As we await President Trump’s response to Iran’s missile attack, one word is everywhere: confusion.

There’s confusion over Trump’s rationale for assassinating Maj. Gen. Qasem Soleimani. Confusion over Trump’s broader strategic goals. Confusion over whether Trump wants to appear militarily unhinged and threatening or restrained. And confusion over whether Trump is betraying his promise to avoid foreign entanglements or honoring it.

All this confusion traces back to one of Trump’s biggest lies: The idea that the Iran nuclear agreement constituted a wretched display of elite failure and American weakness, and that Trump has replaced it with an approach that’s “strong.”

Trump will soon speak about Iran’s launching of ballistic missiles at two bases housing U.S. soldiers in Iraq. There are no reports of casualties, and Trump has proclaimed that “All is well!"

That tone contrasts sharply with Trump’s bellicose but toddler-like pounding of his toy war drums (his Twitter feed), which has included threats of “disproportionate” force and even war crimes. But the guy with the toy war drums also controls the U.S. military, so let’s hope Trump is looking for an off-ramp.

Iran may have given Trump that off-ramp by launching a strike that apparently didn’t kill Americans. If he de-escalates — perhaps by declaring that Iran blinked in the face of his show of strength — that will be great, as far as it goes.

But the larger point here remains this: None of this has to be happening at all.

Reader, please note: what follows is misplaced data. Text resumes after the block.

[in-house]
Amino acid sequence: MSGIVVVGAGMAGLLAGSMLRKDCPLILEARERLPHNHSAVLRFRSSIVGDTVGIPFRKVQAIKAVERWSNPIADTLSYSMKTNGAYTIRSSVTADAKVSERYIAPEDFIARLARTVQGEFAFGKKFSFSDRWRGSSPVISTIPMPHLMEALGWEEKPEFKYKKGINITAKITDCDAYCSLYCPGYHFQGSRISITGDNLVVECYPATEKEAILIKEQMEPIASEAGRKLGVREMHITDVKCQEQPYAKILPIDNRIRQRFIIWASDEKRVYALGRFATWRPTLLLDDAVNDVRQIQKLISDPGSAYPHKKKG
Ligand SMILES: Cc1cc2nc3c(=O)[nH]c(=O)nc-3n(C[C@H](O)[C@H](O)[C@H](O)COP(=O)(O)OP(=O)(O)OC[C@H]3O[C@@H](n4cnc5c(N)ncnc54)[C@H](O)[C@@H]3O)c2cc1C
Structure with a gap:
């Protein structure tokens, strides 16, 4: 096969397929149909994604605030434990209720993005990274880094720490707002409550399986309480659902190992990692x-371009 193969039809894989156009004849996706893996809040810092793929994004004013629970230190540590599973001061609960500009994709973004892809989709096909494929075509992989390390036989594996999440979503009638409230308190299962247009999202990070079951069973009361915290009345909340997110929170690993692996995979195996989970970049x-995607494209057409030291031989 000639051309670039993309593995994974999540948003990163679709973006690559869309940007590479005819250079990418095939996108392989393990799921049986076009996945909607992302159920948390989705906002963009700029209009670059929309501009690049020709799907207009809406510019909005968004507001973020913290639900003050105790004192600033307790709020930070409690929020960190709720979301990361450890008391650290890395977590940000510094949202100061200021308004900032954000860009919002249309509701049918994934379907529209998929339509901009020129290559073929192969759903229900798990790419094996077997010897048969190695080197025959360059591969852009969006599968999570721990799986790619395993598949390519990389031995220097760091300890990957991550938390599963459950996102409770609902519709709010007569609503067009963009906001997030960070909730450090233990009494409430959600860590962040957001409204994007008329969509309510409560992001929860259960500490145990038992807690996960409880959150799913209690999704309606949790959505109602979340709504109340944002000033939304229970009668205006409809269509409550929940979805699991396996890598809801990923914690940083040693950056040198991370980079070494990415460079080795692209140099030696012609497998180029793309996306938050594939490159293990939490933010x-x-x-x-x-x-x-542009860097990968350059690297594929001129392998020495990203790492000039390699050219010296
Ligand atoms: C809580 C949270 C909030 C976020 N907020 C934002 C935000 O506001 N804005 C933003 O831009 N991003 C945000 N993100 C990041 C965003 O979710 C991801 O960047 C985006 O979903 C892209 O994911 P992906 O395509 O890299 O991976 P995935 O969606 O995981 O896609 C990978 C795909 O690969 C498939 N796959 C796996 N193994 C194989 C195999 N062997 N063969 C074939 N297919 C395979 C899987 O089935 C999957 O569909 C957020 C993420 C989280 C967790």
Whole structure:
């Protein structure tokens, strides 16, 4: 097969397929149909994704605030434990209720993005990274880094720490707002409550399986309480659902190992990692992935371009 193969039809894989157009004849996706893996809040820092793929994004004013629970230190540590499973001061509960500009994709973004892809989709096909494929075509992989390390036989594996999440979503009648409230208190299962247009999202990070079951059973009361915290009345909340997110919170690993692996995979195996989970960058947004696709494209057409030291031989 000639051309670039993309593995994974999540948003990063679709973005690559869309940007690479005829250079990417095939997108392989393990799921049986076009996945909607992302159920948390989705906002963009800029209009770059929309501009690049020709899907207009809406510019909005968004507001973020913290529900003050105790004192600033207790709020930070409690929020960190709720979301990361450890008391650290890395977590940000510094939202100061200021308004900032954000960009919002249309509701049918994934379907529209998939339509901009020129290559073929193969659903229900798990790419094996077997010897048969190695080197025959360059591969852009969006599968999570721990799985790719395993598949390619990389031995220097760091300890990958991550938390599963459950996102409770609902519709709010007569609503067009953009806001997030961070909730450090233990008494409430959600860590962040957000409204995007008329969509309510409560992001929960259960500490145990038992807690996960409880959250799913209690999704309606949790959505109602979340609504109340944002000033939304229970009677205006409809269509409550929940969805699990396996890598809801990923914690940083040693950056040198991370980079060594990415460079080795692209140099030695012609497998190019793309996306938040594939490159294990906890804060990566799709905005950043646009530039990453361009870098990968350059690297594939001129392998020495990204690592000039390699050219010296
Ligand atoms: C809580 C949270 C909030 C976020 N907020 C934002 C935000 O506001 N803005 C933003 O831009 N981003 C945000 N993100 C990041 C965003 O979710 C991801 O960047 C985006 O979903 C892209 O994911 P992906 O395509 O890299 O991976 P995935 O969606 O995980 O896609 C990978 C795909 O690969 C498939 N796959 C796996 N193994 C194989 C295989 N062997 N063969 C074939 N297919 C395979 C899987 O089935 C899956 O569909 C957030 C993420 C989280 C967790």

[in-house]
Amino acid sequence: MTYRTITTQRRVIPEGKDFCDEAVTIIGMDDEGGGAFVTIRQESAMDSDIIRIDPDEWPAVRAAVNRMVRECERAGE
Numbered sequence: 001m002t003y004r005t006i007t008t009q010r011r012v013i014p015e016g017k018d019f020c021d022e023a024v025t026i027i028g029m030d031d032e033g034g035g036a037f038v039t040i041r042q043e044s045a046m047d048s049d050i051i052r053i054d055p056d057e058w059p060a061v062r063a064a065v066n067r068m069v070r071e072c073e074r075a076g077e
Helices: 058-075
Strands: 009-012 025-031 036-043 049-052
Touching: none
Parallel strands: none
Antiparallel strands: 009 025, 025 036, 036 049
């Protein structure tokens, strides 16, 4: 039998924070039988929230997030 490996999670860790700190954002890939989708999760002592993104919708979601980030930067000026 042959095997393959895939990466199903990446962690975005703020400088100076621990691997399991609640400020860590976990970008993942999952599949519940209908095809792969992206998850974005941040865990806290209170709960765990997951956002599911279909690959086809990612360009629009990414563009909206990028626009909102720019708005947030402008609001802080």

Trump has entered a new era of warfare by openly authorizing the assassination of another nation's military leader, using an armed drone, says David Ignatius. (The Washington Post)

The Iran deal was working

Many foreign policy writers have done great work in tracing the current moment directly back to Trump’s decision to pull the United States out of the Joint Comprehensive Plan of Action, which Iran had been complying with by accepting constraints on its nuclear program.

The short version is that Trump replaced the Iran deal with his own strategy of “maximum pressure,” which meant much tougher sanctions to get Iran to fully capitulate — without any meaningfully clear sense of what Trump thought full capitulation really meant.

As Stephen Walt notes, Iran has “neither caved to Trump’s demands nor collapsed” and instead has “moved gradually to restart its nuclear program” and “retaliated against U.S. allies in the region.”

The key point here is that, once Trump pulled out of the Iran deal — after deriding it as weakness — he had to replace it with something that constituted his own version of “strength.”

Because Trump’s conception of the Iran deal as weak was rooted largely in hatred of Barack Obama, he had neither any idea what was in it nor any vision of what a “strong” substitute should accomplish.

That left him prey to the manipulation of advisers: Former national security adviser John Bolton appeared to be pushing him toward war, but Trump (to his limited credit) balked. That failed, but the New York Times reports that the assassination reflected successful pressure by Secretary of State Mike Pompeo.

Yet this shows, if anything, that the hawks are proving wrong. As Erin Banco’s reporting shows, the assassination came after officials determined that the “maximum pressure” campaign was failing to change Iranian behavior.

As Banco demonstrates, after an Iranian rocket strike killed an American contractor, unleashing the current escalation, some kind of big, ostentatious display of force was needed. Trump, worried about looking weak, agreed to it.

So Trump’s lurching between tough and restrained tweets represents a larger strategic confusion at the core of Trump’s assassination decision and the broader aims that extend from it. As Peter Baker reports: